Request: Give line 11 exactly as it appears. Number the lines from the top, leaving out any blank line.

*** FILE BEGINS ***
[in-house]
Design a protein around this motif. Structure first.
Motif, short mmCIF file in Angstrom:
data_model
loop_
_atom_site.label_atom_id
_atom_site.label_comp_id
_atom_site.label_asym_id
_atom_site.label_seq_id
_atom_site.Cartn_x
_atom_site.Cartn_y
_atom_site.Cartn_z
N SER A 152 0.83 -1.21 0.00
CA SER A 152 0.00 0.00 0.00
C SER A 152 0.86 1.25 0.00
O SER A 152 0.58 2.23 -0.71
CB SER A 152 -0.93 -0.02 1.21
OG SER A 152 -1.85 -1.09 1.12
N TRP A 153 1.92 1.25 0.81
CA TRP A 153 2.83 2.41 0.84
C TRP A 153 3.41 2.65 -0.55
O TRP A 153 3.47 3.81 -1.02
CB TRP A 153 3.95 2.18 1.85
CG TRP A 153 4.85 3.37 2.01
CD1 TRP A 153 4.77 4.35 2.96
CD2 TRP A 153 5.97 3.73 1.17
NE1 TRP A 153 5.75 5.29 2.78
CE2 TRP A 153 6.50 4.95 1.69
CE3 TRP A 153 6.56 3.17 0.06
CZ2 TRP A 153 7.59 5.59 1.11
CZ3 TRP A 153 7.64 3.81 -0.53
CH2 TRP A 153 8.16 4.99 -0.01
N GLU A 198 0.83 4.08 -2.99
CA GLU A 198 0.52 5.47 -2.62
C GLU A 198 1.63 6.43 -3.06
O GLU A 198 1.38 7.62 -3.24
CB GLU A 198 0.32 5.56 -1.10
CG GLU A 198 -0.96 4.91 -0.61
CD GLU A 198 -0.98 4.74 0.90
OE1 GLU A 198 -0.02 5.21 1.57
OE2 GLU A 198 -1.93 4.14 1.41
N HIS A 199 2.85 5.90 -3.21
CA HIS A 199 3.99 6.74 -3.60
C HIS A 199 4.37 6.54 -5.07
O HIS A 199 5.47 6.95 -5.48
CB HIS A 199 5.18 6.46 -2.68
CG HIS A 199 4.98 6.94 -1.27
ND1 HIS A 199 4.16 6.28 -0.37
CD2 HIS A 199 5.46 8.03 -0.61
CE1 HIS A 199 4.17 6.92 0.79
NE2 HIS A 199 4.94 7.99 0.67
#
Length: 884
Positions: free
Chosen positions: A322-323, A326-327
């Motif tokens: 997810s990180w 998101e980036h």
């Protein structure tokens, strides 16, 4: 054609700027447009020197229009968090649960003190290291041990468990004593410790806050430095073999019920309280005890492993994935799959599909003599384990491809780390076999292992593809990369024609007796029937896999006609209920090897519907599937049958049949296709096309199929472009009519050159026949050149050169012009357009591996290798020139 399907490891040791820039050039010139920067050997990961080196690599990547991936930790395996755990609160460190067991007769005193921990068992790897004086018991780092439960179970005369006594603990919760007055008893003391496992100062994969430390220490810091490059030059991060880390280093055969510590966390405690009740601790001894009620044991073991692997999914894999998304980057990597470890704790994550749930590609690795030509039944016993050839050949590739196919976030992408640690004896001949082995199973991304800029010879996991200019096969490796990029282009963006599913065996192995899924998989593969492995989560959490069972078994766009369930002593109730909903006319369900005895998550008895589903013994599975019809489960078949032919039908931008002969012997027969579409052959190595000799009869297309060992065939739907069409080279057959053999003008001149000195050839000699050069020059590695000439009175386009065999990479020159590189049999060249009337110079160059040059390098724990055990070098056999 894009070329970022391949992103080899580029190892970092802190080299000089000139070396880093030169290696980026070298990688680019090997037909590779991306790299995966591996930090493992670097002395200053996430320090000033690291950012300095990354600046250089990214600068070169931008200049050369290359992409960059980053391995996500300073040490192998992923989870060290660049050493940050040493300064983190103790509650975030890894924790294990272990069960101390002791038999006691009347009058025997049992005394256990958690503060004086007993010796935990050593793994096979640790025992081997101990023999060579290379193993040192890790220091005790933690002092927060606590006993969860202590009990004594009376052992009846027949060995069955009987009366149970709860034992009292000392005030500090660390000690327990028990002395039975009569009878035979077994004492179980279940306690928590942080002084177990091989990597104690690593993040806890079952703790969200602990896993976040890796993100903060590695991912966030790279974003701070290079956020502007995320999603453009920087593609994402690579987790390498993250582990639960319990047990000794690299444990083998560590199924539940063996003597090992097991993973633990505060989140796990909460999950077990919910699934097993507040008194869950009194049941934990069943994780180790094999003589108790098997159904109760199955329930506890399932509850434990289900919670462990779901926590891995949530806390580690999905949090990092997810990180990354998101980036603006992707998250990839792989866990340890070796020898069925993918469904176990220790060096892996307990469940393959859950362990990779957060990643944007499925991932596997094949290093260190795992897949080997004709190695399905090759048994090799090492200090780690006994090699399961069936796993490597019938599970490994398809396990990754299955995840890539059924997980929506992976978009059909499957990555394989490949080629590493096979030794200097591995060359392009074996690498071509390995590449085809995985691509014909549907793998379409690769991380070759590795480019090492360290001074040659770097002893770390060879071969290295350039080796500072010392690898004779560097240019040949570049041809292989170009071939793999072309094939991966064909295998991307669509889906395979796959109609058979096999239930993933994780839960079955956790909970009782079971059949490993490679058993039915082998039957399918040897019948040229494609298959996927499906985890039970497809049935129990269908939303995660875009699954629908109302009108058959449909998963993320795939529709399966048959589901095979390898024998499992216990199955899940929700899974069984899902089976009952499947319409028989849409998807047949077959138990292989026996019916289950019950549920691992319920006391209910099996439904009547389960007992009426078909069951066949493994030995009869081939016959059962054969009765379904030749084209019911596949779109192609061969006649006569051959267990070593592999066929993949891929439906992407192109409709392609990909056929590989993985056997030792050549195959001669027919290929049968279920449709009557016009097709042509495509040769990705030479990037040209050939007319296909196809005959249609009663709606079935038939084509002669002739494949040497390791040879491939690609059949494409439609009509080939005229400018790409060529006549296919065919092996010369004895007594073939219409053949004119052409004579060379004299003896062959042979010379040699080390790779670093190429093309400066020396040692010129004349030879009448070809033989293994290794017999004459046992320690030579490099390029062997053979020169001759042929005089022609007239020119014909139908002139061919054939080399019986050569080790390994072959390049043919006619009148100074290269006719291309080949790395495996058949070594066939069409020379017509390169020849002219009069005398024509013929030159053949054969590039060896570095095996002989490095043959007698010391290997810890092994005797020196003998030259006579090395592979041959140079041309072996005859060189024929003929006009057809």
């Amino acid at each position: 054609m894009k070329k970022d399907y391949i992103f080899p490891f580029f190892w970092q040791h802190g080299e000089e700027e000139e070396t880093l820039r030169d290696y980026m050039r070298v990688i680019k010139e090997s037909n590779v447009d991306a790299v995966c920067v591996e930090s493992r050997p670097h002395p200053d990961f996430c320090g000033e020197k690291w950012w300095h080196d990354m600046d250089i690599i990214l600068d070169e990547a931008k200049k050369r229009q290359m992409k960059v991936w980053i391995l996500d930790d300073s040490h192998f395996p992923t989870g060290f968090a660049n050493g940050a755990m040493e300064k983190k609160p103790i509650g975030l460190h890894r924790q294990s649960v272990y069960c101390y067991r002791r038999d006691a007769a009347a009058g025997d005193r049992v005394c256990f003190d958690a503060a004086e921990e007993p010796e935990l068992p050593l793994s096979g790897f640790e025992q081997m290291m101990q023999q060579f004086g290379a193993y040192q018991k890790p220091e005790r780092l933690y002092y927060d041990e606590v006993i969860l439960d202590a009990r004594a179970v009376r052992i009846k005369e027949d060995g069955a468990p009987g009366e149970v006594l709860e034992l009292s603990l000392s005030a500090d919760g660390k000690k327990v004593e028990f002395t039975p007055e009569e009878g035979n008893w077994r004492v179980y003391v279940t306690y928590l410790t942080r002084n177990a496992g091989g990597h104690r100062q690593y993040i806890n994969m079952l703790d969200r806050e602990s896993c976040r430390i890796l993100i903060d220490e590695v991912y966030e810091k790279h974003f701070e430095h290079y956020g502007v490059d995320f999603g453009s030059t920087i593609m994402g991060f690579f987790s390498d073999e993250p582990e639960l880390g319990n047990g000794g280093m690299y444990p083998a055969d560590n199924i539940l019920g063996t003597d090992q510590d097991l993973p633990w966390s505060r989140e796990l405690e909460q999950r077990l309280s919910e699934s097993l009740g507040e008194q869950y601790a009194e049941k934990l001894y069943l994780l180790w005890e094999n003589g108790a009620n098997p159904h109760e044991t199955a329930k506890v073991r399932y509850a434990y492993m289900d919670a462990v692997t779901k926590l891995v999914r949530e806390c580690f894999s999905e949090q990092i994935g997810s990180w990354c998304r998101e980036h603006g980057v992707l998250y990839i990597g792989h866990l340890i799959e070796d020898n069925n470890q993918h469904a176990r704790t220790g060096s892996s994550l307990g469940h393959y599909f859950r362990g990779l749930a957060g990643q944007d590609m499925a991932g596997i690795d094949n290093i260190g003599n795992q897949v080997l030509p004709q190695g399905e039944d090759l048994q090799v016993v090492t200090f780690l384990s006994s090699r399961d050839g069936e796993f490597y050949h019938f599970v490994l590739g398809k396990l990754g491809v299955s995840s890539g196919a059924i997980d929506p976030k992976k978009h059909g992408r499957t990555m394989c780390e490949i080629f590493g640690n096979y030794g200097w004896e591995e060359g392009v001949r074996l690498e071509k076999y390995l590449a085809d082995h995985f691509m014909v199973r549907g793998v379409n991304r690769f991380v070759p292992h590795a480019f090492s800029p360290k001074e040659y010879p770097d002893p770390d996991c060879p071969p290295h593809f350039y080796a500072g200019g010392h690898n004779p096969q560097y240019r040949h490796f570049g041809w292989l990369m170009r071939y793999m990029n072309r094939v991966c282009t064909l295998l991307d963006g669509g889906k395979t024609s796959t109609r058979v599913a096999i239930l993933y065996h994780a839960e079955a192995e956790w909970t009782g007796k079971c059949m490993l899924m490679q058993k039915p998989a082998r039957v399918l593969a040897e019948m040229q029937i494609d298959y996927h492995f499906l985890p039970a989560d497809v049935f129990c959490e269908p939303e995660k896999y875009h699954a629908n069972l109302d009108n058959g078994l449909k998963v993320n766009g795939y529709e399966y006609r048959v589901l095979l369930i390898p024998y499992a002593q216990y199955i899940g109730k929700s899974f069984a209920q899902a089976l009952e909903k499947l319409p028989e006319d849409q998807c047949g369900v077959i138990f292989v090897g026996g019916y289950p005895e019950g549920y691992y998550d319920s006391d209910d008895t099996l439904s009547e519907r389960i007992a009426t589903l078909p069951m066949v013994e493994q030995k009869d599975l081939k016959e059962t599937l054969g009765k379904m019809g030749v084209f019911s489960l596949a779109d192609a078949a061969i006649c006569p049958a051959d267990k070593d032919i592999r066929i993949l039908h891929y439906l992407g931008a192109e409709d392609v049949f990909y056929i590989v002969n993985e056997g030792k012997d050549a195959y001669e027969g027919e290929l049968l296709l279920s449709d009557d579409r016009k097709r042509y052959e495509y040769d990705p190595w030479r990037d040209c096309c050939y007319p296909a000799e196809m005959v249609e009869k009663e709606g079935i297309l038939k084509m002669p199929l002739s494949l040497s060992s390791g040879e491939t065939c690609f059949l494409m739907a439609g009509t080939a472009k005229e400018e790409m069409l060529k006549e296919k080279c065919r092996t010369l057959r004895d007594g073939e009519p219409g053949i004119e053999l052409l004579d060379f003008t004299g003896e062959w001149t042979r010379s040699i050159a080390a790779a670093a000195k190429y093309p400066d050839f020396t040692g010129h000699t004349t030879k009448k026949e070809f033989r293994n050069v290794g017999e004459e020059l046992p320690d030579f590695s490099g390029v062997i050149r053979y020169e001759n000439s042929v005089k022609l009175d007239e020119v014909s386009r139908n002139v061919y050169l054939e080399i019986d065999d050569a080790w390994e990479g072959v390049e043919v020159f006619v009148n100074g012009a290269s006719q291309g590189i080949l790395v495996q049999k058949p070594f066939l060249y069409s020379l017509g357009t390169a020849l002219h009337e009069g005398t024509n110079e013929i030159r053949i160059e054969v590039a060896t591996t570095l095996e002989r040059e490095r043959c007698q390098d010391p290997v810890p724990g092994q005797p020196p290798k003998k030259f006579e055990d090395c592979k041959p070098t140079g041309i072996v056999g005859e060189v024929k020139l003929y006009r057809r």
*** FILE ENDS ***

_atom_site.Cartn_y